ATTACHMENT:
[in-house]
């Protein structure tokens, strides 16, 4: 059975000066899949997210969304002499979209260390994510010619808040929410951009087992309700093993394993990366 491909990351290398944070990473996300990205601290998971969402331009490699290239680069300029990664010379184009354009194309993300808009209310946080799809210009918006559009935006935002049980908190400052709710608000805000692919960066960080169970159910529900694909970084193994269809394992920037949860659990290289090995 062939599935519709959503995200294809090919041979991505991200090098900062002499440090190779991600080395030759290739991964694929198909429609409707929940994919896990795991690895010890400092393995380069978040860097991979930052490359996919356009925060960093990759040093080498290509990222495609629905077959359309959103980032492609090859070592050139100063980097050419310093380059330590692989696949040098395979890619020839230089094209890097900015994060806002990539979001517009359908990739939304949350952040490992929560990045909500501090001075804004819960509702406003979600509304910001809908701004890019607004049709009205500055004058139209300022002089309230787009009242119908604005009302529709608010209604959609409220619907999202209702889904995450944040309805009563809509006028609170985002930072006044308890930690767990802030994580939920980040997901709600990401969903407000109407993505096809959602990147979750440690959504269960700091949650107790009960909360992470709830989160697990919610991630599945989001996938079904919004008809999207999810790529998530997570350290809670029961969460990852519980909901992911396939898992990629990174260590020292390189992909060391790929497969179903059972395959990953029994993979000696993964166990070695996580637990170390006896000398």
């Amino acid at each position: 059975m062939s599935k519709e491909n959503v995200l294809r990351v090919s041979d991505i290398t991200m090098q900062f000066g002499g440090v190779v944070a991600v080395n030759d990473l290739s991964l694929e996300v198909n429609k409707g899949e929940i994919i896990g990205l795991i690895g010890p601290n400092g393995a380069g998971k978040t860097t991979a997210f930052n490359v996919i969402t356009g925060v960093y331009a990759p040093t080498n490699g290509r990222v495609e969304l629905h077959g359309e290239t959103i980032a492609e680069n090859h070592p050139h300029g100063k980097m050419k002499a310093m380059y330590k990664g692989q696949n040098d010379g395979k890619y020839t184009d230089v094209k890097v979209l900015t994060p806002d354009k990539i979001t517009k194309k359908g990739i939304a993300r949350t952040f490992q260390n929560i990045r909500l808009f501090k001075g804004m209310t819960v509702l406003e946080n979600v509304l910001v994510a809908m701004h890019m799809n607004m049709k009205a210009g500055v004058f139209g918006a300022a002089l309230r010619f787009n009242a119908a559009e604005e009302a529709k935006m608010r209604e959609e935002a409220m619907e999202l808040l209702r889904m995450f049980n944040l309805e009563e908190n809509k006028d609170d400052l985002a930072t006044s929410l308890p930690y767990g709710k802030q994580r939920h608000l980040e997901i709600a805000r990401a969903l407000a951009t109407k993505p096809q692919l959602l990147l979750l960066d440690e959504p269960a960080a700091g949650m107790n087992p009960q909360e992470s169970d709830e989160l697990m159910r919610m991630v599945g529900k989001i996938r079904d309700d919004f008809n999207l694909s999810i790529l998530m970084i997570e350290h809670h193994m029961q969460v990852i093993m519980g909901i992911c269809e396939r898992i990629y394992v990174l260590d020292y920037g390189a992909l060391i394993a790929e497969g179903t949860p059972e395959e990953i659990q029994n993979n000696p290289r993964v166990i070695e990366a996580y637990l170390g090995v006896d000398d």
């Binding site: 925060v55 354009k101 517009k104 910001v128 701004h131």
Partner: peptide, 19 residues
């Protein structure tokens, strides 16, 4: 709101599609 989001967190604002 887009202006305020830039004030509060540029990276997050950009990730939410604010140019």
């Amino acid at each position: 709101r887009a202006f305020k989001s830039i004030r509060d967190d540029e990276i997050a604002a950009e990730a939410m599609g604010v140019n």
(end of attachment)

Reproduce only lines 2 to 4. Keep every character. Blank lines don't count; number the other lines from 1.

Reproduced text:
């Protein structure tokens, strides 16, 4: 059975000066899949997210969304002499979209260390994510010619808040929410951009087992309700093993394993990366 491909990351290398944070990473996300990205601290998971969402331009490699290239680069300029990664010379184009354009194309993300808009209310946080799809210009918006559009935006935002049980908190400052709710608000805000692919960066960080169970159910529900694909970084193994269809394992920037949860659990290289090995 062939599935519709959503995200294809090919041979991505991200090098900062002499440090190779991600080395030759290739991964694929198909429609409707929940994919896990795991690895010890400092393995380069978040860097991979930052490359996919356009925060960093990759040093080498290509990222495609629905077959359309959103980032492609090859070592050139100063980097050419310093380059330590692989696949040098395979890619020839230089094209890097900015994060806002990539979001517009359908990739939304949350952040490992929560990045909500501090001075804004819960509702406003979600509304910001809908701004890019607004049709009205500055004058139209300022002089309230787009009242119908604005009302529709608010209604959609409220619907999202209702889904995450944040309805009563809509006028609170985002930072006044308890930690767990802030994580939920980040997901709600990401969903407000109407993505096809959602990147979750440690959504269960700091949650107790009960909360992470709830989160697990919610991630599945989001996938079904919004008809999207999810790529998530997570350290809670029961969460990852519980909901992911396939898992990629990174260590020292390189992909060391790929497969179903059972395959990953029994993979000696993964166990070695996580637990170390006896000398």
């Amino acid at each position: 059975m062939s599935k519709e491909n959503v995200l294809r990351v090919s041979d991505i290398t991200m090098q900062f000066g002499g440090v190779v944070a991600v080395n030759d990473l290739s991964l694929e996300v198909n429609k409707g899949e929940i994919i896990g990205l795991i690895g010890p601290n400092g393995a380069g998971k978040t860097t991979a997210f930052n490359v996919i969402t356009g925060v960093y331009a990759p040093t080498n490699g290509r990222v495609e969304l629905h077959g359309e290239t959103i980032a492609e680069n090859h070592p050139h300029g100063k980097m050419k002499a310093m380059y330590k990664g692989q696949n040098d010379g395979k890619y020839t184009d230089v094209k890097v979209l900015t994060p806002d354009k990539i979001t517009k194309k359908g990739i939304a993300r949350t952040f490992q260390n929560i990045r909500l808009f501090k001075g804004m209310t819960v509702l406003e946080n979600v509304l910001v994510a809908m701004h890019m799809n607004m049709k009205a210009g500055v004058f139209g918006a300022a002089l309230r010619f787009n009242a119908a559009e604005e009302a529709k935006m608010r209604e959609e935002a409220m619907e999202l808040l209702r889904m995450f049980n944040l309805e009563e908190n809509k006028d609170d400052l985002a930072t006044s929410l308890p930690y767990g709710k802030q994580r939920h608000l980040e997901i709600a805000r990401a969903l407000a951009t109407k993505p096809q692919l959602l990147l979750l960066d440690e959504p269960a960080a700091g949650m107790n087992p009960q909360e992470s169970d709830e989160l697990m159910r919610m991630v599945g529900k989001i996938r079904d309700d919004f008809n999207l694909s999810i790529l998530m970084i997570e350290h809670h193994m029961q969460v990852i093993m519980g909901i992911c269809e396939r898992i990629y394992v990174l260590d020292y920037g390189a992909l060391i394993a790929e497969g179903t949860p059972e395959e990953i659990q029994n993979n000696p290289r993964v166990i070695e990366a996580y637990l170390g090995v006896d000398d």
């Binding site: 925060v55 354009k101 517009k104 910001v128 701004h131």